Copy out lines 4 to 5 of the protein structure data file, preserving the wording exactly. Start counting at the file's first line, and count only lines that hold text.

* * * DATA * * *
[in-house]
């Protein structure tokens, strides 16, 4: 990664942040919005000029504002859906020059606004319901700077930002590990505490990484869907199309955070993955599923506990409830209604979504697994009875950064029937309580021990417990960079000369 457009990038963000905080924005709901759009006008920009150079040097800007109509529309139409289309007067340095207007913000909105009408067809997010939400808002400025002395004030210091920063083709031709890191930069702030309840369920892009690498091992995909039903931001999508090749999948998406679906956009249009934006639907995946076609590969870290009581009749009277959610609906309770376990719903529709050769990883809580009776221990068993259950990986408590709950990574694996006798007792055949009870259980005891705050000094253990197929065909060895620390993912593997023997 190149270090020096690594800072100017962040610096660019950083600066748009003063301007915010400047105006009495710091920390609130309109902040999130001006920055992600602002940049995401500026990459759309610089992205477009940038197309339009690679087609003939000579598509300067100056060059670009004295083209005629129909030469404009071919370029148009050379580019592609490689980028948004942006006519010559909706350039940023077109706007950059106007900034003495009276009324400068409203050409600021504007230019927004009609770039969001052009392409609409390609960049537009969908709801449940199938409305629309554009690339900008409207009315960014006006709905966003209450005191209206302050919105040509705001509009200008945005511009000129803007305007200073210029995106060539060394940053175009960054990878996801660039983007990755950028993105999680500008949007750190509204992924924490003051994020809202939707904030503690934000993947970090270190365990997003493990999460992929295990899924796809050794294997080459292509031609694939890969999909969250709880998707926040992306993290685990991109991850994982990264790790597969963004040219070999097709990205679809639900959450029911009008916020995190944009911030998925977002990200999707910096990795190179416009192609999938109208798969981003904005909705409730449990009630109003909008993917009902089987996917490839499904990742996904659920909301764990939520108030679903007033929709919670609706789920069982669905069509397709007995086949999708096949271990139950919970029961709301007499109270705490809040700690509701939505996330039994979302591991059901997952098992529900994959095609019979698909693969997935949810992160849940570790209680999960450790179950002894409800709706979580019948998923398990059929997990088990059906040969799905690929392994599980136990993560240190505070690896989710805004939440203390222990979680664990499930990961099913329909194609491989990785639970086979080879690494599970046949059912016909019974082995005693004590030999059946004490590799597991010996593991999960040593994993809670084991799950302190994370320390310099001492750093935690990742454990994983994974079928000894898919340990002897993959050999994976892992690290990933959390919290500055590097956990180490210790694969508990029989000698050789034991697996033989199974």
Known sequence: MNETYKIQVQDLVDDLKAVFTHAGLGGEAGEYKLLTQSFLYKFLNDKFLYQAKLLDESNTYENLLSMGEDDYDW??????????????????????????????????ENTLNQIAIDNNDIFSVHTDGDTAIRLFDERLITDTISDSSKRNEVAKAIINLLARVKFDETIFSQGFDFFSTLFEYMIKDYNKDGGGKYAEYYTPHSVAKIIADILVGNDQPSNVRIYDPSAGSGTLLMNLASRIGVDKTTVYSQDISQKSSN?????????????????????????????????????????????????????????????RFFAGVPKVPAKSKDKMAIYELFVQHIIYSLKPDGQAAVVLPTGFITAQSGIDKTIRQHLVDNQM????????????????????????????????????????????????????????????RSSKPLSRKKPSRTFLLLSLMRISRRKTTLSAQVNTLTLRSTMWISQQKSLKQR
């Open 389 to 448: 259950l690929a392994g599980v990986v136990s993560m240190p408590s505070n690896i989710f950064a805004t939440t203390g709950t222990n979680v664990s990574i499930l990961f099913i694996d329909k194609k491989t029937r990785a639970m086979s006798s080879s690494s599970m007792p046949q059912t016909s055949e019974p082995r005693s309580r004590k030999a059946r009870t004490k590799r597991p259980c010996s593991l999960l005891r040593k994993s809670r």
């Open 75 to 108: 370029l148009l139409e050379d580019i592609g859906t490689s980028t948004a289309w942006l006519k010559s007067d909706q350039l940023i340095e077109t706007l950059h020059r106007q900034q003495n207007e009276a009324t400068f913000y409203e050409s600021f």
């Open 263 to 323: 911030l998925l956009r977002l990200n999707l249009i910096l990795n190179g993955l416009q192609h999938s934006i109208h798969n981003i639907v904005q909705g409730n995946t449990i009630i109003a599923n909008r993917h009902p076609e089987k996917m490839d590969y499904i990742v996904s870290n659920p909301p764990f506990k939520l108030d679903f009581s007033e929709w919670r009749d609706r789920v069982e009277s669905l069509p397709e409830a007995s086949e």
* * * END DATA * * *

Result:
């Open 389 to 448: 259950l690929a392994g599980v990986v136990s993560m240190p408590s505070n690896i989710f950064a805004t939440t203390g709950t222990n979680v664990s990574i499930l990961f099913i694996d329909k194609k491989t029937r990785a639970m086979s006798s080879s690494s599970m007792p046949q059912t016909s055949e019974p082995r005693s309580r004590k030999a059946r009870t004490k590799r597991p259980c010996s593991l999960l005891r040593k994993s809670r």
């Open 75 to 108: 370029l148009l139409e050379d580019i592609g859906t490689s980028t948004a289309w942006l006519k010559s007067d909706q350039l940023i340095e077109t706007l950059h020059r106007q900034q003495n207007e009276a009324t400068f913000y409203e050409s600021f």